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Control of Permanent Magnet Assisted Synchronous Reluctance Generators (PMaSynRG) with Current-Fed Drive The growth of embedded generation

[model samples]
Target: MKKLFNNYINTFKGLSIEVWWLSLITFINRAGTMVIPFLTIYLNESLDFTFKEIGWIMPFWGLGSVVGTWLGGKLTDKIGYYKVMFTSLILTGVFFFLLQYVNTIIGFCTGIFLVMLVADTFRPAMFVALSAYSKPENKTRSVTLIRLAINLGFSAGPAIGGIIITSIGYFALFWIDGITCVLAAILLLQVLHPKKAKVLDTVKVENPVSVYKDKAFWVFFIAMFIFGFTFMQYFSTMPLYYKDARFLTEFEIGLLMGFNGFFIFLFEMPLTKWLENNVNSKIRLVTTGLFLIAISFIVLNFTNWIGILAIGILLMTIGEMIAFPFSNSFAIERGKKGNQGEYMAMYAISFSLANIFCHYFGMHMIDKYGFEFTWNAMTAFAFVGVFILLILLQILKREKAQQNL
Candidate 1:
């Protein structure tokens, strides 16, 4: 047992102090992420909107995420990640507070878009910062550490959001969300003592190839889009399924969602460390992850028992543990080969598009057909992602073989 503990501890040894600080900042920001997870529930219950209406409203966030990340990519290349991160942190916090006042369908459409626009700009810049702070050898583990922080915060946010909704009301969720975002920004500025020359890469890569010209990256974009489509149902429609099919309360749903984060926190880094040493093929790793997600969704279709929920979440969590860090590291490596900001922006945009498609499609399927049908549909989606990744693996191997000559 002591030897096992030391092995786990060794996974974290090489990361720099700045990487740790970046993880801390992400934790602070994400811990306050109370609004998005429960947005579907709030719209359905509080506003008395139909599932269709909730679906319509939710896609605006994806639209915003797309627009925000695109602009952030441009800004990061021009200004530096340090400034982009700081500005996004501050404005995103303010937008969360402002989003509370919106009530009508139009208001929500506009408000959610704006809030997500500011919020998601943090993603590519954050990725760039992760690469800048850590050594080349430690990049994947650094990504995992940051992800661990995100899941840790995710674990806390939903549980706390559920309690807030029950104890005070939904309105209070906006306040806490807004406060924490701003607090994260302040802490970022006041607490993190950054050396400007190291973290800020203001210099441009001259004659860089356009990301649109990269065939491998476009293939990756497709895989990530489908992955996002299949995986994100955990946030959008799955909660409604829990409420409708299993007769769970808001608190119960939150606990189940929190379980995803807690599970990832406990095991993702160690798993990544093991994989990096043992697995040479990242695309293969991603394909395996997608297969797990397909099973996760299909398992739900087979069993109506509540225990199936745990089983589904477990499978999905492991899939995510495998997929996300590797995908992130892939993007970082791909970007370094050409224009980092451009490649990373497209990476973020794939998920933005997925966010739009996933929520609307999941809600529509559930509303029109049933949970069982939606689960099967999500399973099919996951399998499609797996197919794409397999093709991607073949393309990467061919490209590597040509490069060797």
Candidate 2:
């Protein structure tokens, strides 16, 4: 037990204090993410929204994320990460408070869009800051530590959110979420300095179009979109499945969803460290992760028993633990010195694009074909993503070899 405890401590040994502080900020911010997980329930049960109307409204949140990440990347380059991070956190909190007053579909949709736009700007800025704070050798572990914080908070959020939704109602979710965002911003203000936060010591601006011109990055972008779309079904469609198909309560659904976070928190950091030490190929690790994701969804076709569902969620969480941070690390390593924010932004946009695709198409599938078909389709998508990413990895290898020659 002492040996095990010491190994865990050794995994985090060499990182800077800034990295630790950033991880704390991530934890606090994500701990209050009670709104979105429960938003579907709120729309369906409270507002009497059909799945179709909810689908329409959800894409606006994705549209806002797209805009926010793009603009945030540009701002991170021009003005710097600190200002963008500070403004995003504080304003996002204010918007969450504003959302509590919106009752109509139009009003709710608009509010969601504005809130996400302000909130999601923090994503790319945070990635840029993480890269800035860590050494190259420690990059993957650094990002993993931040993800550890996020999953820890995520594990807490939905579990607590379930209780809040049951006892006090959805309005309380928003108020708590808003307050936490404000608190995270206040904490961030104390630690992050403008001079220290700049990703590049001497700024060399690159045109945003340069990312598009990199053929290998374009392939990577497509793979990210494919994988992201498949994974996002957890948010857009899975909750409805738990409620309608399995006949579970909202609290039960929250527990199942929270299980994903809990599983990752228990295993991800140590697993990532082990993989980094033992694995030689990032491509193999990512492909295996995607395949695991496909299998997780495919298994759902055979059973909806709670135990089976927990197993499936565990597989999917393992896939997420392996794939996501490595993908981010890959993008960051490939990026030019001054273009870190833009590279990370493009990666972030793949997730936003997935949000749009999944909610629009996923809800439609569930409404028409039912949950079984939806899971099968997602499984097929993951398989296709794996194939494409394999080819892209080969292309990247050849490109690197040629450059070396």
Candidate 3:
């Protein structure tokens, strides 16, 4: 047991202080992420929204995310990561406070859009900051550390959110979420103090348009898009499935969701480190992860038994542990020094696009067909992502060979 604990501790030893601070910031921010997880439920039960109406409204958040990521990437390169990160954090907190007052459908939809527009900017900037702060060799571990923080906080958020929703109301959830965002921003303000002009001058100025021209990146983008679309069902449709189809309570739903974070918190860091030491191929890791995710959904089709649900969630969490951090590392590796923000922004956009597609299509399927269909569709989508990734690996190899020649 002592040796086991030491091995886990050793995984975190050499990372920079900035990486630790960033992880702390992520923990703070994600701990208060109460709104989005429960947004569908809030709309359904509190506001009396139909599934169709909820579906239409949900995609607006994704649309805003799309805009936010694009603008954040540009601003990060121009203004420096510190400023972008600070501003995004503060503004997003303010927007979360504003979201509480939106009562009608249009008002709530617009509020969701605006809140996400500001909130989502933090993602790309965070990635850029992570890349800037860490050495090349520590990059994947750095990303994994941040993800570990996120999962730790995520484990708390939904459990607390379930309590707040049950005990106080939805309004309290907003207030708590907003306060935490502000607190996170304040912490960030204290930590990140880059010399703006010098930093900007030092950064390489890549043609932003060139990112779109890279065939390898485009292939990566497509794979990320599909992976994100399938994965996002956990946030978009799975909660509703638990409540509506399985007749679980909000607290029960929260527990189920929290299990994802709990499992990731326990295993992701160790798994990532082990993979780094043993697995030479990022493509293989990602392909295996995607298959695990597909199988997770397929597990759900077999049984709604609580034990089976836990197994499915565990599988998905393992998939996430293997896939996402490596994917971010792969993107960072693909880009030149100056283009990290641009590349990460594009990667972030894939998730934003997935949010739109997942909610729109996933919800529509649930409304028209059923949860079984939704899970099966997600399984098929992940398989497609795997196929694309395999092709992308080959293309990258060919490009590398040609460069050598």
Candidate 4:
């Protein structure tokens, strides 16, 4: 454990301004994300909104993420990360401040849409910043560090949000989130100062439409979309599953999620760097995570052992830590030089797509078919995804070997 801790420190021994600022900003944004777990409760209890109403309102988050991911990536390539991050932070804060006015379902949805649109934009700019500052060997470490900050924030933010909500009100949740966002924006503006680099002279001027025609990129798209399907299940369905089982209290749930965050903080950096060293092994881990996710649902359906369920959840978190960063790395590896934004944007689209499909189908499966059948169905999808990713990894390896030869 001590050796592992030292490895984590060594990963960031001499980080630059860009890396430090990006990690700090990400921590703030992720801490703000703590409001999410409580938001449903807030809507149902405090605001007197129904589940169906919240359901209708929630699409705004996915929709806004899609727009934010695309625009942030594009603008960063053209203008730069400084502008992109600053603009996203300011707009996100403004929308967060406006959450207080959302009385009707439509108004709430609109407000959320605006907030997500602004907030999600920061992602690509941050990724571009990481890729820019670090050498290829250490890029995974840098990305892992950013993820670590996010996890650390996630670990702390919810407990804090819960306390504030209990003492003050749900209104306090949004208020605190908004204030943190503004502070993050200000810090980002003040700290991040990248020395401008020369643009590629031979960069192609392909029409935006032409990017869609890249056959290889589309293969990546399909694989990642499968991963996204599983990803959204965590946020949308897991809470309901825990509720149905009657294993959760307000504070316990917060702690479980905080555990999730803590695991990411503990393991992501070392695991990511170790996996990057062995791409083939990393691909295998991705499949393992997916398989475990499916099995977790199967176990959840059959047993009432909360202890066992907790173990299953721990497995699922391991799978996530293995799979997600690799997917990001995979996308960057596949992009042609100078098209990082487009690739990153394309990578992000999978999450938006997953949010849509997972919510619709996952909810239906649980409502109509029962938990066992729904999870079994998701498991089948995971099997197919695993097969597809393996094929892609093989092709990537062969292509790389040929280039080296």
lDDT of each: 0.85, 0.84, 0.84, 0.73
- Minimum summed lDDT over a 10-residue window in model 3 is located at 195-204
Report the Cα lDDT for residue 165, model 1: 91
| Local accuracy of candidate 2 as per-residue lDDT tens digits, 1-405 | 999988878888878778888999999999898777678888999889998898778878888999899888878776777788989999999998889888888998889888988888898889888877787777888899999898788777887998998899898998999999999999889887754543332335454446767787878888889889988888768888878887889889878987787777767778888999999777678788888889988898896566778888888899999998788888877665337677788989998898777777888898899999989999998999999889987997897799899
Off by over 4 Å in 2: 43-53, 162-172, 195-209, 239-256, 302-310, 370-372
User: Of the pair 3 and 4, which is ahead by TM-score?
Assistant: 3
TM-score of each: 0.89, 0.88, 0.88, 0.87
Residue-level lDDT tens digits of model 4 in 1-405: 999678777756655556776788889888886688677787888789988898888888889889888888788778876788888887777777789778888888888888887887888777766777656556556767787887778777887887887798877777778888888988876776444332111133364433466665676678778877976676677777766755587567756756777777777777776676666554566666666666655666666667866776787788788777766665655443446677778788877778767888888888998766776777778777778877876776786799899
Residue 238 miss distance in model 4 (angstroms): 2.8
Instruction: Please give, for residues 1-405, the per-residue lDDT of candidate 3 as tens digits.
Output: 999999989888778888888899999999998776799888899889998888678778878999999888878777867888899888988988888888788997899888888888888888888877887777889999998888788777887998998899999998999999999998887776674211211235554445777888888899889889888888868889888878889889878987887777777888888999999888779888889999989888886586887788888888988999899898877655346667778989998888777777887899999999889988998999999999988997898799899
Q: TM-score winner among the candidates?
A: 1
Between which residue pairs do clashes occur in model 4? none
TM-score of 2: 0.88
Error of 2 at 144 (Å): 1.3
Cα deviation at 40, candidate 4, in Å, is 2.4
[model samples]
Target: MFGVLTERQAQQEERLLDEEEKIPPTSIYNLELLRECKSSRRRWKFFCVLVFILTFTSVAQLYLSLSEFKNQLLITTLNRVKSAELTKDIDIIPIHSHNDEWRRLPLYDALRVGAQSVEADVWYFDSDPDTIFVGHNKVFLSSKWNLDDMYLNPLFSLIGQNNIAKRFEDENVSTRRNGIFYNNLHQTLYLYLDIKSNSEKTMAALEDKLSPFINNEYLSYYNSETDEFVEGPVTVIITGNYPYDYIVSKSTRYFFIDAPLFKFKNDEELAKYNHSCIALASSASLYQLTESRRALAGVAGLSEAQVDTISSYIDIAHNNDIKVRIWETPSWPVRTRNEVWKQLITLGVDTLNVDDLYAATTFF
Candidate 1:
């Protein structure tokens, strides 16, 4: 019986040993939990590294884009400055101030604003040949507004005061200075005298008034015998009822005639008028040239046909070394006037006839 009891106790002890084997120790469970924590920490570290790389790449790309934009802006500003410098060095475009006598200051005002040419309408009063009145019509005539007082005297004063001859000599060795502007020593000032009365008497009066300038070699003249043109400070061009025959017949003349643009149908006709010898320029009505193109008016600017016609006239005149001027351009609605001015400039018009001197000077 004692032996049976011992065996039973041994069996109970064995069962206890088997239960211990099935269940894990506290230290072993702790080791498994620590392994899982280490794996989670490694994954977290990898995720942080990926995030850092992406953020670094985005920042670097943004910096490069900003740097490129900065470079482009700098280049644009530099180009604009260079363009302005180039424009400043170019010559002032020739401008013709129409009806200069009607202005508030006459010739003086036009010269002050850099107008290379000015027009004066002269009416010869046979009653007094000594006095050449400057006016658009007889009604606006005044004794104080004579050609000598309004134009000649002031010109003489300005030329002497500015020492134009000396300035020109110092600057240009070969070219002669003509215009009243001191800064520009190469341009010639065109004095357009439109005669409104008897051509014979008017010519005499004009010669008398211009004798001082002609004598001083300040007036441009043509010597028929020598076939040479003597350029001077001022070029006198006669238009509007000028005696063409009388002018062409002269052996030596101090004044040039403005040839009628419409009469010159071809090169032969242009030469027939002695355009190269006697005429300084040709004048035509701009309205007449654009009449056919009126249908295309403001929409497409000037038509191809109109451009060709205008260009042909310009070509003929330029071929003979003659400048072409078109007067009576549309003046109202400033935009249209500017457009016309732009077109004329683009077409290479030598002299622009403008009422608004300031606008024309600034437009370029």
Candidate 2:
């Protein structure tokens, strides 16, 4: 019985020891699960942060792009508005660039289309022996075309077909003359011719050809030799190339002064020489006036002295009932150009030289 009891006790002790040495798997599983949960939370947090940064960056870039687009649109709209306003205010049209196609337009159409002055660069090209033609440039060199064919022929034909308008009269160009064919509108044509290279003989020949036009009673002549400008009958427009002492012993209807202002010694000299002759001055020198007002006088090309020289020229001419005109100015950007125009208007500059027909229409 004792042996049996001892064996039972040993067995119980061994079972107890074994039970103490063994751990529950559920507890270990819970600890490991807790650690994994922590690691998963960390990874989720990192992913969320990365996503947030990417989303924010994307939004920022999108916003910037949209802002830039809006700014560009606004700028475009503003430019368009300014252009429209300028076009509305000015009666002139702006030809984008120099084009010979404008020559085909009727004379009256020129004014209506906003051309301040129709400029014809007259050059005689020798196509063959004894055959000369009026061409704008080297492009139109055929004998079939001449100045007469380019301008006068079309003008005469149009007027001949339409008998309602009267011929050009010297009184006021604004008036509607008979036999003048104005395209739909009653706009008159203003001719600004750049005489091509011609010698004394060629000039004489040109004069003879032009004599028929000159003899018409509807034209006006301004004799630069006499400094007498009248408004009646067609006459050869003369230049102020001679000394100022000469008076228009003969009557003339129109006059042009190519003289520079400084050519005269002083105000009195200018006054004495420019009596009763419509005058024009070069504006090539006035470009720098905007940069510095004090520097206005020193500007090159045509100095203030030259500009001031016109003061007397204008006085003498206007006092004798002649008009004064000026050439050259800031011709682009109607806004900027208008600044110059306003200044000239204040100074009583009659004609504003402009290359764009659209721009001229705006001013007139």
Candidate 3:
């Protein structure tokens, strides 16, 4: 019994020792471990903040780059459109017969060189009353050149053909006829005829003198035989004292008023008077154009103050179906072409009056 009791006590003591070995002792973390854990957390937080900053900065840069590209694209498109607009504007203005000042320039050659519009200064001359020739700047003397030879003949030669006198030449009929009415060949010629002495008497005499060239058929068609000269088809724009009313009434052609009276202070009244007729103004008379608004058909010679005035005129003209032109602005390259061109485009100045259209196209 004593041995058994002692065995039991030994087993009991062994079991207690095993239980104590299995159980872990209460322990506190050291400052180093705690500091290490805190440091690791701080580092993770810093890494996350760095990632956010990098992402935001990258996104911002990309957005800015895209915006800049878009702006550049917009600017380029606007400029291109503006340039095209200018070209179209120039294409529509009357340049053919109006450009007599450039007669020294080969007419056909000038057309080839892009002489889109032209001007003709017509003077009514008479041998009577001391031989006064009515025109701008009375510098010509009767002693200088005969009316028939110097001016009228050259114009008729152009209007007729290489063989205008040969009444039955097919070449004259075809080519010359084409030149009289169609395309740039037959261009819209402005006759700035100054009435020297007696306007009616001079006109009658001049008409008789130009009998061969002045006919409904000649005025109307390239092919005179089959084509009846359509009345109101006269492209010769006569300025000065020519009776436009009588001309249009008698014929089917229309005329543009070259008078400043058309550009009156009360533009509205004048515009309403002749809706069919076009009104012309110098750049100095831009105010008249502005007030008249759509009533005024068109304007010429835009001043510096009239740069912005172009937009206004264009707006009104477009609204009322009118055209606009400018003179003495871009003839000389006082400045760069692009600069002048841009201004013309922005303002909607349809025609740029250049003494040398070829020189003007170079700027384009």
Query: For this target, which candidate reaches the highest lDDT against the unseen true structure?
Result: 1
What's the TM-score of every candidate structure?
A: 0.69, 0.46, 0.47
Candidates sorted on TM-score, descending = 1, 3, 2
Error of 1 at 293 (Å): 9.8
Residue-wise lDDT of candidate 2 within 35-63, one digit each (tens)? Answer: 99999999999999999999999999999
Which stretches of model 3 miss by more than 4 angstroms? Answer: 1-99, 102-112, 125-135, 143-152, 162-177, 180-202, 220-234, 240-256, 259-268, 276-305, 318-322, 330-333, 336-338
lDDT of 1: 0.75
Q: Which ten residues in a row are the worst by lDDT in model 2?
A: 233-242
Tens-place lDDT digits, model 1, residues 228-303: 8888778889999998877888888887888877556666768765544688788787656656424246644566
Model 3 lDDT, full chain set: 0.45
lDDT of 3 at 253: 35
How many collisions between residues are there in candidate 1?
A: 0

and portable electrical installations has led to an increased demand for low cost, flexible and reliable generator systems for military and commercial applications. An interior permanent magnet (IPM) machine has high power density due to its reluctance torque and magnetic torque components so it can produce a large constant power-speed range. However, IPM needs demagnetizing current at high-speed during the flux-weakening region and thus develops an inverter shutdown problem in an uncontrolled generator mode operation. In order to overcome the disadvantages of IPM, the permanent magnet assisted synchronous reluctance generator (PMa-SynRG) can be a good solution for low cost, high efficiency reliable generator systems. A PMa-SynRG can produce a high efficiency drive by utilizing the proper amount of magnet and reluctance torque. This work suggests PMa-SynRG with two flux barriers and permanent magnets embedded in the second layer of the rotor. NdFeB was used as permanent magnets in the rotor to prevent demagnetization. Finding the minimum amount of magnet is one of the goals of the optimization process. The objectives of this work are to build an optimal design for the 3kW generator and advanced power electronics converter for the PMa-SynRG drive system. In order to find the optimized 3kW machine, Lumped Parameter Model (LPM) was used to achieve fast computation and Differential Evolution Strategy (DES) was used to embed the LPM in an efficient numerical optimization routine to identify optimum designs. Finite Element Analysis (FEA) was used for test performance of optimum designs. On the basis of differences between LPM and FEA, model predictions were used to fine tune the LPM model. For new optimum design converges, numerical optimizations and iterations were performed to produce LPM and FEA predictions. For the drive system, the thyristor based, current-fed drive is much simpler and has lower losses compared to the pulse width modulation (PWM) drive. Eliminating the requirement for self-controlled switches is a distinct advantage for lower cost. Another feature of the developed current-fed drive is its inherent capability to provide generating action by making the PMa-SynRG operate as a generator, rectifying the phase voltages by means of the three-phase rectifier and feeding the power into the load. These features make the current-fed drive a good candidate for driving any type of synchronous generators including the proposed PMa-SynRG.